Interview with Artist Ellen Cramer
Today in our Friends of Fallbrook Artist Highlight, we interview local artist, Ellen Cramer
Please tell us a bit about yourself!
We moved to Encinitas from Kansas in 1975. When our three kids played sports in high school, Fallbrook was in the same league which meant we traveled to Fallbrook quite often for all of the different sports and we fell in love with Fallbrook. We loved the small town charm and the people were all so friendly and said someday we would move. In 1998, that “someday” happened and we have not regretted a minute of it.
We have seven grand-kids, all of them born after the move, so this is the Grandma and Grandpa’s home they all know and love as much as we do.
We are big fans of yours! Starting out, what was your main focus as an artist? How has that evolved over time?
When we decided to move to Fallbrook in 1998, I contacted an interior decorator. She told me during one of our meetings that she was taking art lessons from someone in Oceanside and it sounded interesting. I had never taken an art class so had no idea if I even had talent to paint so when I called the gallery, I asked if they had ever kicked anyone out for lack of talent and she said “no”. I replied “please sign me up!”
The instructor taught photo realism and for a period of time I was happy learning that. One thing she did teach me is that “it’s only paint!” — a good lesson to remember. But then I realized that there was more to painting than photo realism and I started searching for other instructors. A friend suggested I contact Rich Stergulz who is now co-owner of “The Green Art House“. I have been studying with him for years and have learned so much. He inspires and teaches all elements of art from portraits to landscapes to modern. There is no limit to what he can teach and what I can learn.
What challenges have you faced?
Not too long ago I seemed to hit a wall. I couldn’t decide what to paint and couldn’t find anything that interested me enough to paint. I talked with Rich about it. He said when that happens (as it apparently often does) to go to a museum and just look at everything. I didn’t get to a museum but I did go to a local gallery and (actually joined it) and I’m inspired again…I make it sound easy but it actually wasn’t. I needed to find things I was interested in…I had done a series of cows (which I loved doing) but I wanted to do something else. So now I’m doing landscapes of places that I love.
Tell us why you love what you do?
One thing I have started doing recently is painting on wood–no canvas, just wood. I love the feel as the brush goes over the wood and some of the results that happen. Several pieces in the cow series were done that way. And just recently I started painting on wine corks. The results have been interesting to say the least.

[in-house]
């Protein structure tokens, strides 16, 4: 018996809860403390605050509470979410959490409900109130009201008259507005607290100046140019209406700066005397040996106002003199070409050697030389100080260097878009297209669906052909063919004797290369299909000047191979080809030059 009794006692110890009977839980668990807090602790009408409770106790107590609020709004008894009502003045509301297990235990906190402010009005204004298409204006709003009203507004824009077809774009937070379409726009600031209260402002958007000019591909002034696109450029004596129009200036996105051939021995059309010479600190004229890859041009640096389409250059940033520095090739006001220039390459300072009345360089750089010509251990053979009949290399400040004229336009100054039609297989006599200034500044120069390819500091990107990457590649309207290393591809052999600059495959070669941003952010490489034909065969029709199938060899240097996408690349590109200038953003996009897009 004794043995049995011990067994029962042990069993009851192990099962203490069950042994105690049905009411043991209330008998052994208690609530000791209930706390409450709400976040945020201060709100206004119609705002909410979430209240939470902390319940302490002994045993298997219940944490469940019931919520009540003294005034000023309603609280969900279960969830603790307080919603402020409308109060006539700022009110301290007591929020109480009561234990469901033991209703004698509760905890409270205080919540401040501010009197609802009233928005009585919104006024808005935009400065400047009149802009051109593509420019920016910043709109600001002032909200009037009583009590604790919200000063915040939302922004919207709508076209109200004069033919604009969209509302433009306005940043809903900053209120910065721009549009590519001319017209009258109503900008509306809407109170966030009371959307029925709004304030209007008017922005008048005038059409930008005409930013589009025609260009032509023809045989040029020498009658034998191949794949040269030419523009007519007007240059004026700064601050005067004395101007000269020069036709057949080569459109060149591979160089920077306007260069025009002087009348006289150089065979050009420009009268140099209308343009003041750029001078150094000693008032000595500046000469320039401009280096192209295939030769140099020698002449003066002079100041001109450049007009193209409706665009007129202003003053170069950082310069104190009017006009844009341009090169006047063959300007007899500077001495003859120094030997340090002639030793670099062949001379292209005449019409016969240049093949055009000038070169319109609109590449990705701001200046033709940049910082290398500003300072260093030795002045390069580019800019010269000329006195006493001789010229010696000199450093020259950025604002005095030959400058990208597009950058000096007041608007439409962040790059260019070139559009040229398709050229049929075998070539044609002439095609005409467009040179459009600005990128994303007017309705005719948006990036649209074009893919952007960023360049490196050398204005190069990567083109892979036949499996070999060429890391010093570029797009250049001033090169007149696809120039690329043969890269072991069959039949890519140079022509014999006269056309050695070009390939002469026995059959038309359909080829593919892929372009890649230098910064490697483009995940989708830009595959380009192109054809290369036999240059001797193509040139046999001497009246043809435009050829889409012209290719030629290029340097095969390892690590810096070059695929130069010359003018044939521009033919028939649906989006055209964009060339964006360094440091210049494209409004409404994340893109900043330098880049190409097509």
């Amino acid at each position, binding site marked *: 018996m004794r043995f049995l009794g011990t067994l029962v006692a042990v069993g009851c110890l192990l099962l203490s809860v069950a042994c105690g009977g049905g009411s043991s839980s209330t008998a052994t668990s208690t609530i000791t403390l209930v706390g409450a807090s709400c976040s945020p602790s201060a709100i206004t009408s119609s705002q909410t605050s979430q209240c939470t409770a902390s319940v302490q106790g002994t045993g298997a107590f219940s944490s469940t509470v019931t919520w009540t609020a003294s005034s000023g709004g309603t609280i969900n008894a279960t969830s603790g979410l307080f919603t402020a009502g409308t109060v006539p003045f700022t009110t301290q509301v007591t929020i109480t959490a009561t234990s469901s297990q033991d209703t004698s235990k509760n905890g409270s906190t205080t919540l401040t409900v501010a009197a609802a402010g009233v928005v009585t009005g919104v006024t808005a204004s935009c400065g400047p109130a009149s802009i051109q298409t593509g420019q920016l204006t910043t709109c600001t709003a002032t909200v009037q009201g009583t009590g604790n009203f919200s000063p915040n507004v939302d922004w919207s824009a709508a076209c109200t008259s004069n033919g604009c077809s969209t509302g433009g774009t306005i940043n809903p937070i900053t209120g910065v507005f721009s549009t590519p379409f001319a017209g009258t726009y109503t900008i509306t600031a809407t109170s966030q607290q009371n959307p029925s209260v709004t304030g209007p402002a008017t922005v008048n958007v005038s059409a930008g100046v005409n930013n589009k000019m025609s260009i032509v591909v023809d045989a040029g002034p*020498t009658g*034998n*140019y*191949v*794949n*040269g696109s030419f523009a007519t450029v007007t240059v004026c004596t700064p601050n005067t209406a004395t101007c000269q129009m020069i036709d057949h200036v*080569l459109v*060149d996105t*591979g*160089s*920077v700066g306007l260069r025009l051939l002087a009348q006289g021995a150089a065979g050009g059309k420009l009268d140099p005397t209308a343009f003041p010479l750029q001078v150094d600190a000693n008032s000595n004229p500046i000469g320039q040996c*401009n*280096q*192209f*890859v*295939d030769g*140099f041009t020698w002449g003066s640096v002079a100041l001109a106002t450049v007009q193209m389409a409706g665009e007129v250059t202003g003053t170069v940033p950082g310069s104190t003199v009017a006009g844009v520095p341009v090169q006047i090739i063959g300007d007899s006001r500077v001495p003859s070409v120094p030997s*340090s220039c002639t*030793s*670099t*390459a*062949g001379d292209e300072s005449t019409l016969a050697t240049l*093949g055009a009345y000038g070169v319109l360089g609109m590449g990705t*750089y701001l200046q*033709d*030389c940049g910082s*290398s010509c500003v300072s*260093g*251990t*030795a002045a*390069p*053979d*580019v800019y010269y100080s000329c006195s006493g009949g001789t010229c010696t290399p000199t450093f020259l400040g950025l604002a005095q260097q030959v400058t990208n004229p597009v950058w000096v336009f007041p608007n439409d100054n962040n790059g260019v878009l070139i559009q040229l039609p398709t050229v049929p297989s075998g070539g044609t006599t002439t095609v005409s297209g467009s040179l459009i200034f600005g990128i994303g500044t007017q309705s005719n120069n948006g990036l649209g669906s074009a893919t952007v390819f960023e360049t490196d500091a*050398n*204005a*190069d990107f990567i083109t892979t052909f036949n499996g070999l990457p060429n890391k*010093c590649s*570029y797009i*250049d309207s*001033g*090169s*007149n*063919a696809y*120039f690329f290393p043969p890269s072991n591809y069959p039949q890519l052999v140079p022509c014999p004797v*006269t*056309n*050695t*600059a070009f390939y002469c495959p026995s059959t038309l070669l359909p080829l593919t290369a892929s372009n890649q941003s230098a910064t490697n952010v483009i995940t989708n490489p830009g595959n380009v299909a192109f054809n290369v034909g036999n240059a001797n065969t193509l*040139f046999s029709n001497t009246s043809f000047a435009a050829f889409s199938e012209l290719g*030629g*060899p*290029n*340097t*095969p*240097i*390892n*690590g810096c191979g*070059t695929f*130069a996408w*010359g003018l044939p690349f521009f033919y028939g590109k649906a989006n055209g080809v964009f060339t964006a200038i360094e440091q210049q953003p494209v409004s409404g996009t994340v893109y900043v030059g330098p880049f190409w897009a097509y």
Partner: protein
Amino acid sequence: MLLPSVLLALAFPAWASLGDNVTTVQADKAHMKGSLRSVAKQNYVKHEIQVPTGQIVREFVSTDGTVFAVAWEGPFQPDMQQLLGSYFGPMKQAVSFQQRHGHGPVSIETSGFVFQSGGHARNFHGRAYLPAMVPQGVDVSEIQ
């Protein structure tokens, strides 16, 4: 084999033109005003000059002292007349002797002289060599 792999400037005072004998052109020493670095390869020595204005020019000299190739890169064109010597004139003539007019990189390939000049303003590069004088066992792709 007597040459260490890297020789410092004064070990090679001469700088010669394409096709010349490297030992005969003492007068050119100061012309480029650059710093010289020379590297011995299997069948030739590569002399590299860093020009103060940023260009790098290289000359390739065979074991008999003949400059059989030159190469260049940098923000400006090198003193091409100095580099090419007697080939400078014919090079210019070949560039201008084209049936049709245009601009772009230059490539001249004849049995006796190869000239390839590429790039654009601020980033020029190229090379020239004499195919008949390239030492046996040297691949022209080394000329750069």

I love the fact that you can use just about anything and do just about anything with art, but what I really love is to paint mood. I love to draw the viewer into my painting so that they can picture themselves in that scene. For example, I just finished a scene of a bench by a lake at sunset. The viewer can put himself on that bench, enjoy the view and just breathe a sigh of relief.
If you could do it differently, would you?
I’m not sure I would do things any differently. As our children were growing up, I had my own bookkeeping business which afforded me the time to be with them as they needed and not just when a nine to five job allowed me to be. And while it is certainly different, a spreadsheet can be its own artistic creation but with numbers.
When we moved to Fallbrook, I ended my business and with the children grown, I had plenty of time to pursue other things and I have been completely happy with my choice. I’ve had time to pursue all kinds of art but I always come back to painting and mostly with oils.
Who or what inspires you?
I look at scenes and wonder how I can capture the mood of the picture and if I can bring the viewer into the picture. Certain clouds, sunlight, either at dawn or dusk, or other things can emit a peacefulness or anxiety and I try to capture that. Also I love painting on dark canvases so that I can capture the light. Michael Flohr painted scenes like that and they are so dramatic. Rich has also inspired me in so many ways, not only to try different subjects but different methods and styles of painting. That’s how the cork painting started.
Please list a few rules that you try to live by?
I try to remember not to judge anyone’s work no matter what kind of art it is. While it may not be my preference or liking, I believe that there is an artist inside of everyone and they can explore it as long as it doesn’t hurt others.
Patience is another thing I try to remember. Sometimes a painting isn’t going the way I would like and it takes patience to bring out what I’m trying to achieve. Wisdom is also a very valuable rule. The wisdom to know when it’s not going to work and to just start over with something else.
If you could give advice to an aspiring artist, what would it be?
The best advice I’ve been given is that it takes practice. One must keep doing the art again and again. Most people cannot just pick up a brush or whatever tool you use and just do it right from the beginning. The only way to achieve anything is to practice.
What’s next for you?
Unfortunately or fortunately, I don’t know. I want to keep painting because I love it. I will see what God decides and take it from there.